Stocks logged their best day in two weeks Thursday as a strong batch of earnings reports revived optimism about the economic recovery. Regional banks rallied.
Federal Reserve chairman Ben Bernanke returned to Capitol Hill on Thursday, repeating yesterday's testimony before the House members. Randy Bateman, portfolio manager at Huntington Situs Trust Fund discussed his insights on Bernanke's testimony and the Fed’s outlook.
While the Fed Chairman said the economic outlook remained "unusually uncertain," America’s manufacturing base is seeing a pick-up in demand. So what's going on here?
Stocks advanced Thursday after another strong batch of earnings reports revived optimism about the economic recovery. Regional banks rallied.
The future of the aviation industry has an Asian face, industry watchers say – and it is changing fast thanks to the rapid growth in passengers in the region that is creating strong demand for aircraft.
Day one delivered a raft of billion-dollar orders that will be making the headlines Tuesday and, as ever, the company hogging the limelight has been Emirates.
Stocks rebounded after losing 1% last week as techs gained ahead of some key earnings from the sector this week. Qualcomm and Motorola rose, while Bank of America and Apple fell.
A flurry of activity after hours appears likely to move the market on Tuesday. What must you know?
Stocks were modestly higher Monday, led by the technology sector, as investors focused ahead on upcoming earnings reports. Motorola rose more than 4 percent but Apple tumbled.
The CEO of this company says there is big "pent-up" demand, so what's the trade?
Major defense and aerospace companies are aware that an inflection point has been reached with the U.S. military budget and costs can not keep climbing, a senior Pentagon official said Monday.
Stocks bobbed after an early pop Monday as banks and homebuilders weakened. Stocks has started the day higher after a report showed U.S. firms have increased their hiring plans.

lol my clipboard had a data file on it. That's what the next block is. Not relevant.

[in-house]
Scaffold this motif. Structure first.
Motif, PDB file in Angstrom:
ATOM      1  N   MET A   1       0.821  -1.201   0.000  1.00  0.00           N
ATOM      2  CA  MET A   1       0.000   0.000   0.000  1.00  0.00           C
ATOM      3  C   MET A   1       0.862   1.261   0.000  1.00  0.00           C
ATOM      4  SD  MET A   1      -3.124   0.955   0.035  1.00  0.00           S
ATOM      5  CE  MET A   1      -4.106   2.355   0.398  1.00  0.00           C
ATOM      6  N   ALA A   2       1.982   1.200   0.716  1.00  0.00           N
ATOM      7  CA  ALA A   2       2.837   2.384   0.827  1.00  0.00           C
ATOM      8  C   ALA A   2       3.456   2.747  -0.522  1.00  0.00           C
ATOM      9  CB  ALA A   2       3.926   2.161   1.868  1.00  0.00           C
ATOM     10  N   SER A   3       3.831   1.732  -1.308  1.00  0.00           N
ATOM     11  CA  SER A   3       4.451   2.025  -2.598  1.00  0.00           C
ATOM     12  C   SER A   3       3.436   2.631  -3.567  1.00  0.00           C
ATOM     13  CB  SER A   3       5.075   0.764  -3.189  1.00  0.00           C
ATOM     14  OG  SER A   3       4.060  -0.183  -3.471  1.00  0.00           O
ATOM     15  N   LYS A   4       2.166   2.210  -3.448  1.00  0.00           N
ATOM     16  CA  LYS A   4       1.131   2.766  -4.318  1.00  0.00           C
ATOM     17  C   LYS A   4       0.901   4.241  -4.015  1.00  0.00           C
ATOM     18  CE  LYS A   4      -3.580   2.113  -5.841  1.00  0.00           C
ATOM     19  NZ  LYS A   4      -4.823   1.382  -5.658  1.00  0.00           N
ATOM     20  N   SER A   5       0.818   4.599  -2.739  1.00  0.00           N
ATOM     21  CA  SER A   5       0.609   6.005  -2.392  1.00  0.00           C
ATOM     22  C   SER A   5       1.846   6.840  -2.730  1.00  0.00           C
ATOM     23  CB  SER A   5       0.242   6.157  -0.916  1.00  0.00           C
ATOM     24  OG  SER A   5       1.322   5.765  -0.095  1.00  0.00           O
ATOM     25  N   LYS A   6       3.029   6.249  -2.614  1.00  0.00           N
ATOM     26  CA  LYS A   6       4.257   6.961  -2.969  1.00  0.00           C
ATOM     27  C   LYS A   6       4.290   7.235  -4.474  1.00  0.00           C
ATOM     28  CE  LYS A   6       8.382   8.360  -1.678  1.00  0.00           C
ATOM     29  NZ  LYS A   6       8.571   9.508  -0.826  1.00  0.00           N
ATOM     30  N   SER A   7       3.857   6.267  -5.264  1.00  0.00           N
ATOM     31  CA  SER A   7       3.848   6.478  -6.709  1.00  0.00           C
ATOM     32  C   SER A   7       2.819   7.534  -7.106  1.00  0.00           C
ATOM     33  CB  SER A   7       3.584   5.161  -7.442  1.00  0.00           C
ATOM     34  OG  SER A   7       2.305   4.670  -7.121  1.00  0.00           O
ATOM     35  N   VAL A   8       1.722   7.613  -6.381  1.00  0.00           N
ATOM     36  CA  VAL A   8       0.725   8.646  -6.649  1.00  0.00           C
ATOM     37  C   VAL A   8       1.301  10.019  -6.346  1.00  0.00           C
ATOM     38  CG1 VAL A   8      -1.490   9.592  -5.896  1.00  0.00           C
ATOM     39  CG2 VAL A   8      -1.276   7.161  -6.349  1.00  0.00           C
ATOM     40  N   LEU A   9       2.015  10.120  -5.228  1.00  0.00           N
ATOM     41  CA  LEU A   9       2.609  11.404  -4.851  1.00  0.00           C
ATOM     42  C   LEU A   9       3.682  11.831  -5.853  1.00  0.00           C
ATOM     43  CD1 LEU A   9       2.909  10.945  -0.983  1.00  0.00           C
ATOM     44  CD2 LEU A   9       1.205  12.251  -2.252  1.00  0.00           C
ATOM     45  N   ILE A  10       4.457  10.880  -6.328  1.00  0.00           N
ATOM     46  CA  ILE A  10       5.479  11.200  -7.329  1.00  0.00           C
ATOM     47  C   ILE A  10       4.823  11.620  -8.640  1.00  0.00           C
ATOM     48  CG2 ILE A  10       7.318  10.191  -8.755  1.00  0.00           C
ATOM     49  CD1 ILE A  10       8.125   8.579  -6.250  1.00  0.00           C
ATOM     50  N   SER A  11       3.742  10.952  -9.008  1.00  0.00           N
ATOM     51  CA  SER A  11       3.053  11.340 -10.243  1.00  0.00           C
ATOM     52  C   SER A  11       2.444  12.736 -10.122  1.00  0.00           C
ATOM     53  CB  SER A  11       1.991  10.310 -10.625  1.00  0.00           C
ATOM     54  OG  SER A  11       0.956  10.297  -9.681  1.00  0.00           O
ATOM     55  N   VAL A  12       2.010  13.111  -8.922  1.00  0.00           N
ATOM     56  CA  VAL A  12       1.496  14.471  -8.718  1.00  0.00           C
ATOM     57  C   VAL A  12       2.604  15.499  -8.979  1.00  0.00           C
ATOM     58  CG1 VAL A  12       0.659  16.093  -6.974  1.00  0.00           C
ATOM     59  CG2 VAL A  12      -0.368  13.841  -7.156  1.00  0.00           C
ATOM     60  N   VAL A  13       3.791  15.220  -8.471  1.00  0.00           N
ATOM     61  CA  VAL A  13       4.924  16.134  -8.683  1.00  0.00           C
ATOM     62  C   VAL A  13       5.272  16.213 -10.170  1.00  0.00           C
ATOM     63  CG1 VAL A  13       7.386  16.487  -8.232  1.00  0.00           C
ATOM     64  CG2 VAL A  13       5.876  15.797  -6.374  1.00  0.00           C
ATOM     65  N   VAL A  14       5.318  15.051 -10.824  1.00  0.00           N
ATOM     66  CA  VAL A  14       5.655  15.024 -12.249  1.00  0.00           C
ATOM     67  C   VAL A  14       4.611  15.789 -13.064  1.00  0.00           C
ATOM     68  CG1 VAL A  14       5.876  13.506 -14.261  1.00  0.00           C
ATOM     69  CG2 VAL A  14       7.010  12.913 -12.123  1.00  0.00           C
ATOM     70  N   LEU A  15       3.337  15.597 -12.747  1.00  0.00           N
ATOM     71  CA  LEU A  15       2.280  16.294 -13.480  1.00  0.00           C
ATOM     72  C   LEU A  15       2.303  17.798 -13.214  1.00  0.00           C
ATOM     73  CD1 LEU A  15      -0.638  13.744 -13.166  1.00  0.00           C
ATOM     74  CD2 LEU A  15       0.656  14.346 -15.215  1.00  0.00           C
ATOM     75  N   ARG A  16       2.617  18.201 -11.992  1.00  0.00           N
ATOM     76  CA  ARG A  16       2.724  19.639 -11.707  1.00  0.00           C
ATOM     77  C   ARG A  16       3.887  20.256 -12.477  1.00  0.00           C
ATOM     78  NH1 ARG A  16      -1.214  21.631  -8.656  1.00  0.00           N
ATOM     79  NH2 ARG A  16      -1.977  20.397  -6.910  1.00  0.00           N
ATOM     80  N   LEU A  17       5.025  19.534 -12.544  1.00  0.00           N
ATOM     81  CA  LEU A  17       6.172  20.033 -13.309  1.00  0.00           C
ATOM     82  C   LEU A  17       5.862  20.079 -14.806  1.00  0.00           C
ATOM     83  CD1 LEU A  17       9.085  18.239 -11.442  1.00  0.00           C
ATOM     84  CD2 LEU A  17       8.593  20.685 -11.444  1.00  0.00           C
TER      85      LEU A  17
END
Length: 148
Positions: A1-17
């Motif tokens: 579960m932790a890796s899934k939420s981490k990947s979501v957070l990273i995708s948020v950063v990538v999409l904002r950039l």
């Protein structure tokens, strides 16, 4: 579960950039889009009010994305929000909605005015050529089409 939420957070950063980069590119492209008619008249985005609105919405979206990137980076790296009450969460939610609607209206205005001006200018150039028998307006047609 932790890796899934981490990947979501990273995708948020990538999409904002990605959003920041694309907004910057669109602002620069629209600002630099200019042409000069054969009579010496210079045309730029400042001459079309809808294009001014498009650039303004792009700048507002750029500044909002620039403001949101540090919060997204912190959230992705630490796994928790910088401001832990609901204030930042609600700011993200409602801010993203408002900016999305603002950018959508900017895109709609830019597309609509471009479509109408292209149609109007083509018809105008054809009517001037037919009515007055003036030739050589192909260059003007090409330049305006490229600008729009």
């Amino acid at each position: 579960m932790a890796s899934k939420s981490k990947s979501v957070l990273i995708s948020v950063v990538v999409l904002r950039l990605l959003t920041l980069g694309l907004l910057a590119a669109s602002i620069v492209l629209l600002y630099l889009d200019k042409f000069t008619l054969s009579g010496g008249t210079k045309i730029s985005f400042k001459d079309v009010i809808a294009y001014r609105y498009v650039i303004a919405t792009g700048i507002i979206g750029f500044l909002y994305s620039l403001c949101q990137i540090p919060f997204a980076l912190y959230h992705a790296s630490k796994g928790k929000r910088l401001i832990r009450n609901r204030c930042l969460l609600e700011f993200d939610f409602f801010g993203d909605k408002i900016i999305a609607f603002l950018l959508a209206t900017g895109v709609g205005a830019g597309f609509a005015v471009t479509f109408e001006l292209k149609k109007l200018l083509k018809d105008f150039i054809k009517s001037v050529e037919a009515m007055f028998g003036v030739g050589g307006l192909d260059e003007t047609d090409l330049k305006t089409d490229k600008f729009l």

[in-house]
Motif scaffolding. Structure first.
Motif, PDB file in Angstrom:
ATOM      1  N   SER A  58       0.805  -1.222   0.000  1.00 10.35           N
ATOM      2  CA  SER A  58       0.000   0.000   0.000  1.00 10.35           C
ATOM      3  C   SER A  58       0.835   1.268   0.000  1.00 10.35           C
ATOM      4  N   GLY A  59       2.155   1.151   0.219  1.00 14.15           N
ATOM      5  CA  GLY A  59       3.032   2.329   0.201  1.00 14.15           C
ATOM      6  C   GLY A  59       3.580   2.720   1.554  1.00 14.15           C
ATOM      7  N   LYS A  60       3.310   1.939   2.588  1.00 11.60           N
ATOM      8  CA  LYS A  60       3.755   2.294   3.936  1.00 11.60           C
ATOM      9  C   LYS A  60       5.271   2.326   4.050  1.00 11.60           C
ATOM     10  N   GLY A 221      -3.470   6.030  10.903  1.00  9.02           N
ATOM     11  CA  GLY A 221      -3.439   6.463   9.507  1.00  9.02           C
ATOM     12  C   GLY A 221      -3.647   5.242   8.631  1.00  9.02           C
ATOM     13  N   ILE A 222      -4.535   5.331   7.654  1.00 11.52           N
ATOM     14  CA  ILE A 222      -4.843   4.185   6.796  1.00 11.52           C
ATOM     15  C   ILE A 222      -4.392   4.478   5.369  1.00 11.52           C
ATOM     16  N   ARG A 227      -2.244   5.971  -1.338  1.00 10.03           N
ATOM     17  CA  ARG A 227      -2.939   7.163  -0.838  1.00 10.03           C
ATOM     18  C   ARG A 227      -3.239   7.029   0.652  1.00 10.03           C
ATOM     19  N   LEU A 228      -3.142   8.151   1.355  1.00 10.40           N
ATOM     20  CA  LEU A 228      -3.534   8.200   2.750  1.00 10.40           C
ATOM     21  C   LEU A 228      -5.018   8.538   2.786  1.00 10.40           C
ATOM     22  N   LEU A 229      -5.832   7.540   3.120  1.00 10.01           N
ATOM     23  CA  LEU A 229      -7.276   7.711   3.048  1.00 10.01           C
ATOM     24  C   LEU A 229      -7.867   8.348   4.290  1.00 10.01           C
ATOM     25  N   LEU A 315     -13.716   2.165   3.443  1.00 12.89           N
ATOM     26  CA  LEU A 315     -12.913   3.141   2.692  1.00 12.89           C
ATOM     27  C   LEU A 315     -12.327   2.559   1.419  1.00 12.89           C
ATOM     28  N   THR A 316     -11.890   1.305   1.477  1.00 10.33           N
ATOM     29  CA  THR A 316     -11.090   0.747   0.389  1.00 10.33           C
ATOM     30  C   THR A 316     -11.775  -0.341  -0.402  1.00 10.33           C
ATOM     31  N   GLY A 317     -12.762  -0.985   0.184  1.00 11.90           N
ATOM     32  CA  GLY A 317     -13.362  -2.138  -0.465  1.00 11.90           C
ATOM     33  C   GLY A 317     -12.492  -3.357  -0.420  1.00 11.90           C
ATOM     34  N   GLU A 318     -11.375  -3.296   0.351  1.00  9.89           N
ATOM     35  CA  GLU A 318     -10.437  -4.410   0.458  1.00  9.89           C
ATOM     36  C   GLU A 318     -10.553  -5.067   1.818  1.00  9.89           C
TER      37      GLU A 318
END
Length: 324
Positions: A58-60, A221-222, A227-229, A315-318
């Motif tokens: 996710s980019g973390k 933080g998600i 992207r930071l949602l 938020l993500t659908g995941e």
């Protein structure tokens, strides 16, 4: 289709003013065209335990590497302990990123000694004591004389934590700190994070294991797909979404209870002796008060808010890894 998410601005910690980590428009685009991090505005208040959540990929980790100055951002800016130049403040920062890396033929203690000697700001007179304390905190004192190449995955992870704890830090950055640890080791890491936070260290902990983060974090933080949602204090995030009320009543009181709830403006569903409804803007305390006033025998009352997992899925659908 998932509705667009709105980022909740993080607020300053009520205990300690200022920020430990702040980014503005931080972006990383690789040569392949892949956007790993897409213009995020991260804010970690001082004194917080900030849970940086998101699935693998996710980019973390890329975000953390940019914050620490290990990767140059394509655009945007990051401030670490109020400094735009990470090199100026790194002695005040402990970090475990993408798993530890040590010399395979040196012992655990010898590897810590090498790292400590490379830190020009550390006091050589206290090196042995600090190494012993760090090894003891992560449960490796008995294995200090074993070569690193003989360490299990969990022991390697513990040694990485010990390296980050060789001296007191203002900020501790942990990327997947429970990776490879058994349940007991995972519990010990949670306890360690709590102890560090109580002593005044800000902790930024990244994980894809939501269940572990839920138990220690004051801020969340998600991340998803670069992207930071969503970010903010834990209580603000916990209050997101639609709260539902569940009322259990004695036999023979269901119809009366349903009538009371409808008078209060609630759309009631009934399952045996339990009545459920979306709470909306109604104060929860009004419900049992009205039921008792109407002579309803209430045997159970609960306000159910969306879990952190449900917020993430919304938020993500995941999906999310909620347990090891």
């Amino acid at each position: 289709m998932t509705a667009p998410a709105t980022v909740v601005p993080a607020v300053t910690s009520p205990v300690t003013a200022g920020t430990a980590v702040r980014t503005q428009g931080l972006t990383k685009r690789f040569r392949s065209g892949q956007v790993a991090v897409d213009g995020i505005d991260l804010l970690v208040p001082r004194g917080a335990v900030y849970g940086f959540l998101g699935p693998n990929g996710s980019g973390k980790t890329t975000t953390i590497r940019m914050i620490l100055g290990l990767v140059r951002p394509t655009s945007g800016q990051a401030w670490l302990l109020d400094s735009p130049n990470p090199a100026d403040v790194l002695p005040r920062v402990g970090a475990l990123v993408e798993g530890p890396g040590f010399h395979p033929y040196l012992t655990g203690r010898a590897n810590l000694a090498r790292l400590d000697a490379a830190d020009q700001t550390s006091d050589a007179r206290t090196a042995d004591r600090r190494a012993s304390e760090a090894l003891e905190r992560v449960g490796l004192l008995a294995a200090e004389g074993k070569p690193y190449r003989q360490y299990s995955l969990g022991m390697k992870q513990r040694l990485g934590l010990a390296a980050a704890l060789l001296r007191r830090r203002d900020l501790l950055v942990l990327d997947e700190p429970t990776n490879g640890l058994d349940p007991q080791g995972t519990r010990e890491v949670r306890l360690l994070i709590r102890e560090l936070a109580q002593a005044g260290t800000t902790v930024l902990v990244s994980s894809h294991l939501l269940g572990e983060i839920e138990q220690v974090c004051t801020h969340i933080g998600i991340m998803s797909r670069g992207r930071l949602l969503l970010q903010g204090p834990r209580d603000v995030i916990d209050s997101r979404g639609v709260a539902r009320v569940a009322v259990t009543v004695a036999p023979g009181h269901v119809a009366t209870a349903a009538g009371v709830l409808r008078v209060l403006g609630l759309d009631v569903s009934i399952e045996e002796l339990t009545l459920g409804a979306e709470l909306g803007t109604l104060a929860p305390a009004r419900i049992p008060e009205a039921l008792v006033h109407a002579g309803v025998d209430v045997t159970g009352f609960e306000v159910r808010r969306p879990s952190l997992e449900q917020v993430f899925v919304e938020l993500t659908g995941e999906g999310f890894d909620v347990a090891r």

Anyone attending the Farnborough International Airshow may want to consider some type of protective gear. It's not so overcrowded that you can't move. It's just that nobody looks where they're going. They look up.
Arch rivals Boeing and Airbus announced new orders worth almost $18 billion at the start of the Farnborough International Airshow on Monday, raising hopes that the aviation industry is on the way back up after a dire two-year slump.
U.S. stock index futures pointed to a higher open on Wall Street Monday, signaling a slight recovery from Friday's end-of-the-week selloff, despite a debt downgrade for Irish debt and concerns over Hungarian funding.
Boeing and Airbus are both readying their most technologically advanced aircraft yet: Boeing’s 787 Dreamliner and Airbus’s A350XWB.
After two dreadful years, including a $4 billion loss in 2009, 2010 will should solid profits, starting with second-quarter earnings due out next week.
Stocks ended the week down 1% as disappointment in earnings and economic news snapped the market's recent winning streak. Bank of America lost 9%. Goldman Sachs rose.
Stocks skidded Thursday, led by financials after JPMorgan's earnings failed to impress analysts and a pair of weak manufacturing reports.
The Federal Reserve said it could be years before this country’s back on its feet. Luckily for investors, though, the rest of the world should carry us along.